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EdSource | Commentary: How strong teacher residency programs can help us retain teachers in California

COMMENTARY | Original EdSource article found here.

By Annika Emmanuelle Mendoza
TK Teacher, Aspire Richmond  Technology  Academy

Headshot of TK teacher ANNIKA EMMANUELLE MENDOZAPlenty of conversations in California have focused on recruiting teachers into the profession as a way to grapple with the state’s teacher shortage. This is important, and as a transitional kindergarten teacher, I am acutely aware of how quality teachers can impact our students and communities.

I pursued teaching largely because I want to be the representation I didn’t see growing up. I participated in a teacher residency program that built my confidence in the classroom and taught me to connect with my students by highlighting my own identity. It’s not only the way I was recruited to the profession, it’s also played a role in my retention.

To continue to tackle the teacher shortage, I believe California needs more strong teacher residency programs. Nearly 37% of U.S. public schools experienced at least one teacher vacancy, contributing to nearly half of public school students entering the 2023-24 school year behind grade level in at least one subject. Amid these shortages, California is still reeling from the repercussions of surpassing 10,000 vacancies during the 2021-22 school year. The effects are felt even more so in under-resourced, Latino or Black communities.

At Aspire Richmond Technology Academy, where I teach, I can see how we must prepare educators and then provide the tools for teachers to sustain themselves. It’s how we can prevent shortages and retain teachers down the road.

It was a winding road for me to realize that teaching was my calling. I never envisioned myself becoming an educator, largely because I rarely saw teachers who looked like me or who connected with me on a cultural level. While studies point to the importance of a demographic match between teachers and students, I experienced a real lack of Asian representation in education.

This changed when I went to college. With more exposure to Asian professors, I finally felt seen and represented. I felt empowered that education was a field I could pursue. And I put the puzzle pieces together — that all of my volunteer work and extracurricular activities centered around helping students. By the time I switched majors, I had some catching up to do.

When I learned about teacher residency programs in California, I jumped at the opportunity. I received a master’s degree and a California teaching credential in a single year. Even in my first year of teaching, I felt more prepared than other teacher friends.

While we can’t solve the teacher shortage overnight, here’s how we can ensure we’re training more young people to become highly effective educators and stay in the profession.

First, we need an intensive teacher residency program that builds confidence. ThroughAspire’s teacher residency program at Alder Graduate School of Education, I apprenticed four days a week and had a personal mentor in the classroom with me who provided me with critical one-on-one support. Toward the end of my time as an apprentice, one of the students in our classroom asked my mentor, “So, what’s your job?” This gave me the confidence to teach the following year on my own. I learn best through a hands-on approach, so four days a week in the classroom with one day for intensive seminars and subject-matter courses helped me gain more real life experience.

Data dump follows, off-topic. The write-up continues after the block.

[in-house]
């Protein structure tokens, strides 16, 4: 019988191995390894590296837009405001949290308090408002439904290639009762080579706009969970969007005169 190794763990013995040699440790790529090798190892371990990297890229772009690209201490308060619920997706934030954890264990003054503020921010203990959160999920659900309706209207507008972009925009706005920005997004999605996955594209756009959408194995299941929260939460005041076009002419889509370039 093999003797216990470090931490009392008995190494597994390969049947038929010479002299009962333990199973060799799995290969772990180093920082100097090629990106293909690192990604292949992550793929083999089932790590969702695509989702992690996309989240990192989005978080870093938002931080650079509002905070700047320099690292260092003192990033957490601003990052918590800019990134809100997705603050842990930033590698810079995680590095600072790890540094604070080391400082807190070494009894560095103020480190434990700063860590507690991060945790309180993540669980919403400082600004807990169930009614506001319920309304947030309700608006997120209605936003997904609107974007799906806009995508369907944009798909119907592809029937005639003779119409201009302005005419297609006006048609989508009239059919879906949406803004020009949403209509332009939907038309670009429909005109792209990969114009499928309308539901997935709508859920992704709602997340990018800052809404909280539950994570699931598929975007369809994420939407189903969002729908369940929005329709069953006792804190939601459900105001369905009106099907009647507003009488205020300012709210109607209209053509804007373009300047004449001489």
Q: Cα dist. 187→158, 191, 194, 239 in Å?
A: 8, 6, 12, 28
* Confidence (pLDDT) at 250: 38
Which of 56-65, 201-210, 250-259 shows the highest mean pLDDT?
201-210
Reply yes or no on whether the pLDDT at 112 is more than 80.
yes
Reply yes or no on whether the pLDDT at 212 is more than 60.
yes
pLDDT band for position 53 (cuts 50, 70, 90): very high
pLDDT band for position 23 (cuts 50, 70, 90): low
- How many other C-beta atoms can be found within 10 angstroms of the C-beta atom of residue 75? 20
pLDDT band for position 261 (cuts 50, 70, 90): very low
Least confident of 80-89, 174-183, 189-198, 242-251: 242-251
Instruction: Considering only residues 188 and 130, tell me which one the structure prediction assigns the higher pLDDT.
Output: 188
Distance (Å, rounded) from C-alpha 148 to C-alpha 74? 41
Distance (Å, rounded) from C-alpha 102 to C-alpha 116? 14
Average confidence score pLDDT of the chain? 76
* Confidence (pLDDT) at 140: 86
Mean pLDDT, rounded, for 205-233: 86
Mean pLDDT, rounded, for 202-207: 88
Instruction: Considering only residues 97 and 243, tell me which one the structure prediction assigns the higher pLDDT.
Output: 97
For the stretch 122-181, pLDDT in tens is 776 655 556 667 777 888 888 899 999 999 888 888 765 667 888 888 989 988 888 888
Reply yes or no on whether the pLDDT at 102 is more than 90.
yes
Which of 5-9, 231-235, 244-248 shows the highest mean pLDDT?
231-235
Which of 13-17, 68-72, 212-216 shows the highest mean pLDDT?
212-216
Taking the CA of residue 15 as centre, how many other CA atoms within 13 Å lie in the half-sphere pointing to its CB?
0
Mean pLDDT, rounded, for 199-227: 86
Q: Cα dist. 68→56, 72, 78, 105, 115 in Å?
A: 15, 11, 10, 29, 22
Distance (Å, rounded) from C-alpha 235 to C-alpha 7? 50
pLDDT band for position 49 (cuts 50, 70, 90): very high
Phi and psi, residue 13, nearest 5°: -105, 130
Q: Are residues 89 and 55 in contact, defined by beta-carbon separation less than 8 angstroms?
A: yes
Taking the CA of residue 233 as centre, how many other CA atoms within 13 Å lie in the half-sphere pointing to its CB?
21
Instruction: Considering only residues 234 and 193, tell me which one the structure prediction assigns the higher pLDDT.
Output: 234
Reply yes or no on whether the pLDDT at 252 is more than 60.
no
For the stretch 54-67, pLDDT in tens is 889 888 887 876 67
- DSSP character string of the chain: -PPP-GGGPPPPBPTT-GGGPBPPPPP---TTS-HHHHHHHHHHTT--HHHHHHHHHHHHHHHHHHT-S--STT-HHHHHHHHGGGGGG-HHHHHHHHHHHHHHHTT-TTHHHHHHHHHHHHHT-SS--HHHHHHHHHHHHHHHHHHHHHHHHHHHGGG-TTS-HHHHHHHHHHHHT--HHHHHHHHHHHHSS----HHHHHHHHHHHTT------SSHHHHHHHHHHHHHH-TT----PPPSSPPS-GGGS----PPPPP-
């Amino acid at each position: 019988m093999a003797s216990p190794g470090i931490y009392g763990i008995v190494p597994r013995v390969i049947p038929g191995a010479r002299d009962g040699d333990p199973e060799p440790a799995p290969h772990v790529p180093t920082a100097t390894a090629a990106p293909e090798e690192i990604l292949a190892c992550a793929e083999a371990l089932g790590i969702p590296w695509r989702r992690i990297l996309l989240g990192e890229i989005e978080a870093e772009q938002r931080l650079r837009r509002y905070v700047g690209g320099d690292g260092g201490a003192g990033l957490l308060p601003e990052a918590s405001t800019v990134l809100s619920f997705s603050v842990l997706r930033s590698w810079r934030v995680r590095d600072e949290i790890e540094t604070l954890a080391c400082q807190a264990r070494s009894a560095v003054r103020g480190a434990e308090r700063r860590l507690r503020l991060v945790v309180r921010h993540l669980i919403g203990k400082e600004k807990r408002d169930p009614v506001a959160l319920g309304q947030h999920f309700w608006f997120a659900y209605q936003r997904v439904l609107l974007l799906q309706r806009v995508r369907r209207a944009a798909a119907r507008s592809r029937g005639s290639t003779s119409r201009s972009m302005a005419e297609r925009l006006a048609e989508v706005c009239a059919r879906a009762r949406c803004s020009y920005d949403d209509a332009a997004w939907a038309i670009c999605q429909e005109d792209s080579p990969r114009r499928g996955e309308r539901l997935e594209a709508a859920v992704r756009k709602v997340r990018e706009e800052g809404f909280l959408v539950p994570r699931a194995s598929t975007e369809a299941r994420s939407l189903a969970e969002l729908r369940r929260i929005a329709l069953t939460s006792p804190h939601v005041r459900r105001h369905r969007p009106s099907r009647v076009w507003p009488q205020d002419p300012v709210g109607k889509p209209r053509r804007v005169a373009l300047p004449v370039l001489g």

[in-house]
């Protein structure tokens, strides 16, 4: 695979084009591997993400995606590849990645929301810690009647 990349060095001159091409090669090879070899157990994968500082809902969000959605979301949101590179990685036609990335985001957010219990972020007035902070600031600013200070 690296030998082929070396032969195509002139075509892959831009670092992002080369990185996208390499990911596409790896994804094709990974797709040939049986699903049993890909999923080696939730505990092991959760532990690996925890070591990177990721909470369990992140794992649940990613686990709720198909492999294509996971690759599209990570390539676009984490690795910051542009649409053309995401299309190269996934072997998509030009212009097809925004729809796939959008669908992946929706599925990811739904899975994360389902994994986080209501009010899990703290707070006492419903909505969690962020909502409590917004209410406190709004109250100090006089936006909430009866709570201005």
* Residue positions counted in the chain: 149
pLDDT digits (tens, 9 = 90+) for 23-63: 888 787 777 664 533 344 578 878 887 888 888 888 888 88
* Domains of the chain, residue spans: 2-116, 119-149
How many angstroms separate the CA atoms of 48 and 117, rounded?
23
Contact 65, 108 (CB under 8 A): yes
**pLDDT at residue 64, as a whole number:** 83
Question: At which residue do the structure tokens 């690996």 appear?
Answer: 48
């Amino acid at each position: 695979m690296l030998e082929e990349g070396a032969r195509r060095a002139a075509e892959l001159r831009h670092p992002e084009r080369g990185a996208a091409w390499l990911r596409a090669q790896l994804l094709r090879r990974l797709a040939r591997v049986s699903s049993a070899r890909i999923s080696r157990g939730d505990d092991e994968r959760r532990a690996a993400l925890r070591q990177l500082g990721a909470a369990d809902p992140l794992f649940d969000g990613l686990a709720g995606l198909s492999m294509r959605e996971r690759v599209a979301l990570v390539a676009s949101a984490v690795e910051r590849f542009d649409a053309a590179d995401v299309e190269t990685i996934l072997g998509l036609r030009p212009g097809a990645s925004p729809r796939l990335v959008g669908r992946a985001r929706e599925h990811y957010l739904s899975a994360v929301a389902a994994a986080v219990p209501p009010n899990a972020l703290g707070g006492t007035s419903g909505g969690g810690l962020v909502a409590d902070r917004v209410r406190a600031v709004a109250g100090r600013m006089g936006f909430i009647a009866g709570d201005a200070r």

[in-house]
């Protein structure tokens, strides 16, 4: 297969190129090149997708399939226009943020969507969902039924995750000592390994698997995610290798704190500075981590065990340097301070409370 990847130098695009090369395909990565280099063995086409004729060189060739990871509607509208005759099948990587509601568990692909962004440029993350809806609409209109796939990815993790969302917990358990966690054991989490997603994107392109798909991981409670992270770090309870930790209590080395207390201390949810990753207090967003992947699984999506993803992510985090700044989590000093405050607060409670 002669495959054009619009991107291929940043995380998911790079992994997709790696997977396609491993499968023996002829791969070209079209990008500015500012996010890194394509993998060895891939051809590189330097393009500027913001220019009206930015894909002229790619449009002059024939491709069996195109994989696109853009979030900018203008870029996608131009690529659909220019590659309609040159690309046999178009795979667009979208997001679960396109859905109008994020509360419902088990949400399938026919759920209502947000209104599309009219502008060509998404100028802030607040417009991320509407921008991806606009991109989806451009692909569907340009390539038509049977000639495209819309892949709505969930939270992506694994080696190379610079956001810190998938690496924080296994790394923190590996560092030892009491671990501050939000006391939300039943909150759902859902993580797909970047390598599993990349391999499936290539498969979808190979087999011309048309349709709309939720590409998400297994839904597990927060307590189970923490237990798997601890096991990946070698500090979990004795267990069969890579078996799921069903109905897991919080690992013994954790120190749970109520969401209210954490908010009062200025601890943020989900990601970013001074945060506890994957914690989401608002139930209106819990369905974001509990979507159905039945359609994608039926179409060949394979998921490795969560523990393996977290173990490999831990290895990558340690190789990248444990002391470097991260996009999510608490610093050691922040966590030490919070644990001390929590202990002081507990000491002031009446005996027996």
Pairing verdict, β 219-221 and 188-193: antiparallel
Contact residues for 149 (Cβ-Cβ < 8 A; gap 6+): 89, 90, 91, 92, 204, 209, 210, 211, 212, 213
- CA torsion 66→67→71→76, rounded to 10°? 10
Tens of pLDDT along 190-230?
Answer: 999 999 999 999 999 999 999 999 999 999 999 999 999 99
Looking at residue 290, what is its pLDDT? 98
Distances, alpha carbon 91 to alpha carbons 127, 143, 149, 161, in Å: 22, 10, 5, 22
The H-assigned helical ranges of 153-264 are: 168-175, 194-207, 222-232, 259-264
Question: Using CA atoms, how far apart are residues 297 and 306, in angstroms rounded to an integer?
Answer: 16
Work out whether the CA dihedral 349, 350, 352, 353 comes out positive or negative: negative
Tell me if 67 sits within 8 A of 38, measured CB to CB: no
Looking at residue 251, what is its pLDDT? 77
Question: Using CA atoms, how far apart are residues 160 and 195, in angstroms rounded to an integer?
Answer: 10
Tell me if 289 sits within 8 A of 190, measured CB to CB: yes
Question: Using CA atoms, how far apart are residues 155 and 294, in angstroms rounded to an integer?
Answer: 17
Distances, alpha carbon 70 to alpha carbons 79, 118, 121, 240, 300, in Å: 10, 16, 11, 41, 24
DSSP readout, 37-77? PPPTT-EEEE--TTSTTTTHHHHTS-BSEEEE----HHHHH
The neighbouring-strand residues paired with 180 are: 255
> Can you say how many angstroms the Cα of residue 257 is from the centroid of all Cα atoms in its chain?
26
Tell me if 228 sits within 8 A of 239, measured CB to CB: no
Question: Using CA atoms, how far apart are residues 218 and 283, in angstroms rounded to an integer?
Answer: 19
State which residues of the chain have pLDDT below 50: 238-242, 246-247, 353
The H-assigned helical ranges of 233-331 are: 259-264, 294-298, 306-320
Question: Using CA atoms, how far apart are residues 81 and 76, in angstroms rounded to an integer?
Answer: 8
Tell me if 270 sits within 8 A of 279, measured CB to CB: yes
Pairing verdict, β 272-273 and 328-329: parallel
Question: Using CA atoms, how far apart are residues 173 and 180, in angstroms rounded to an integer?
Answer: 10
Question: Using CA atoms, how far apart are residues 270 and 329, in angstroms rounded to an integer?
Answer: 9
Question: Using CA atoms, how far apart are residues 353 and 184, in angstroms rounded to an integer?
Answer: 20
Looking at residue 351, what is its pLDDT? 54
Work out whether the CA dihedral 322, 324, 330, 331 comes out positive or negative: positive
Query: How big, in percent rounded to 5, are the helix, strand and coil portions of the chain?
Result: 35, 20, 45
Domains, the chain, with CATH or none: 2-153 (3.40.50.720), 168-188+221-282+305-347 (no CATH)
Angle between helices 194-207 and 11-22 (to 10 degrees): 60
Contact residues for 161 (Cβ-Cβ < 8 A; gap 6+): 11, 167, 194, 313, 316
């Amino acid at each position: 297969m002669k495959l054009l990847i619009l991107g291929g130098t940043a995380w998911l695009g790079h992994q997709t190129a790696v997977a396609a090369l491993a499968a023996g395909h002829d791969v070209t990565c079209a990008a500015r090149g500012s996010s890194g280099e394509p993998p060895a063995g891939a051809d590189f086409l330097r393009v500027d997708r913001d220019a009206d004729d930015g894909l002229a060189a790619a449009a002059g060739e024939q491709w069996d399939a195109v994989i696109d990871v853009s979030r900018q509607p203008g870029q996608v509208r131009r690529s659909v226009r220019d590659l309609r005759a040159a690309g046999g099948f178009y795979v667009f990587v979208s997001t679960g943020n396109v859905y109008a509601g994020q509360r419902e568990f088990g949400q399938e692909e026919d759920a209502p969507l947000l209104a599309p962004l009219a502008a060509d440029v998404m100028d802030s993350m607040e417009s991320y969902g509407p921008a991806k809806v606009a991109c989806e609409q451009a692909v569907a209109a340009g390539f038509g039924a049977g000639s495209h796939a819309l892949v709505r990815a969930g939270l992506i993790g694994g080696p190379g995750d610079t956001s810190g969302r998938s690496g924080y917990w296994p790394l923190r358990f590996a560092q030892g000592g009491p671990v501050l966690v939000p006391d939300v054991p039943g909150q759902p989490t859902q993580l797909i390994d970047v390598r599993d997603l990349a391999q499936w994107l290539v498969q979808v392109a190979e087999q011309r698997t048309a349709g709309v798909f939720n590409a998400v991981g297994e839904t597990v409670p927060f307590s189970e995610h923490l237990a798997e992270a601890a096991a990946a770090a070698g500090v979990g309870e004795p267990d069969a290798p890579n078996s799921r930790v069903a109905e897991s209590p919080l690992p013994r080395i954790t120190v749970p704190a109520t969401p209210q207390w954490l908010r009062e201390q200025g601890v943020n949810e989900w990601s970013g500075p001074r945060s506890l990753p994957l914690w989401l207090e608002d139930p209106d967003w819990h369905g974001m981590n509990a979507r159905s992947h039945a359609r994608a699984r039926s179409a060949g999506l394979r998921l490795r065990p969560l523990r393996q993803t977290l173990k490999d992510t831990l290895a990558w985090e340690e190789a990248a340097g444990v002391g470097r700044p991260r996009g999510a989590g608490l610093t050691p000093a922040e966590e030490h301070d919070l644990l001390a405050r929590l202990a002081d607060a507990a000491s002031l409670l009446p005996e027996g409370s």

Second, this wouldn’t be possible without strategic financial supports. We know that systemic inequities, including the high cost of college, hold too many back from pursuing a career in education. Ensuring teacher residents receive a stipend while earning their degree and credential(s) can help. Through a partnership, the program I participated in is helping to support staff members in earning and paying for an undergraduate degree with teaching credentials. Given the importance of representation in the classroom, the partnership prioritizes aspiring teachers of color and those from the local communities.

Finally, we should expand teacher residency programs that are accessible for individuals of all backgrounds. While California has made big investments in teacher residency programs, we also need to focus on effective teacher training initiatives that reflect our school’s communities. When I participated, my teacher residency program focused on “head, heart and hands.” This meant that we integrated theory and research (head), with a culturally responsive equity lens (heart), and our coursework mirrored our field work (hands). Highlighting representation, multiculturalism and identity continues to be stressed throughout the program — and it’s something I hold dear to my heart.

Last week, I proudly watched a kindergarten promotion, which included many of my previous TK students from my student teaching year. Seeing their growth academically, and how much confidence they have gained in themselves and their identities, is another reason why I continue to pursue education. In many ways, their growth reflects my own. And knowing that I contributed a small part to my former and current scholars’ successes, as they flourish in their own ways, brings me a surge of pride.

The programs at Aspire are happening at scale, with more than 36 schools serving more than 15,400 students across California. Not only did my residency program get me into the classroom, it’s played a role in keeping me there. We need more effective residency programs, and this can serve as a model for retaining teachers in California.


Annika Emmanuelle Mendoza teaches transitional kindergarten at Aspire Richmond Technology Academy in Richmond.

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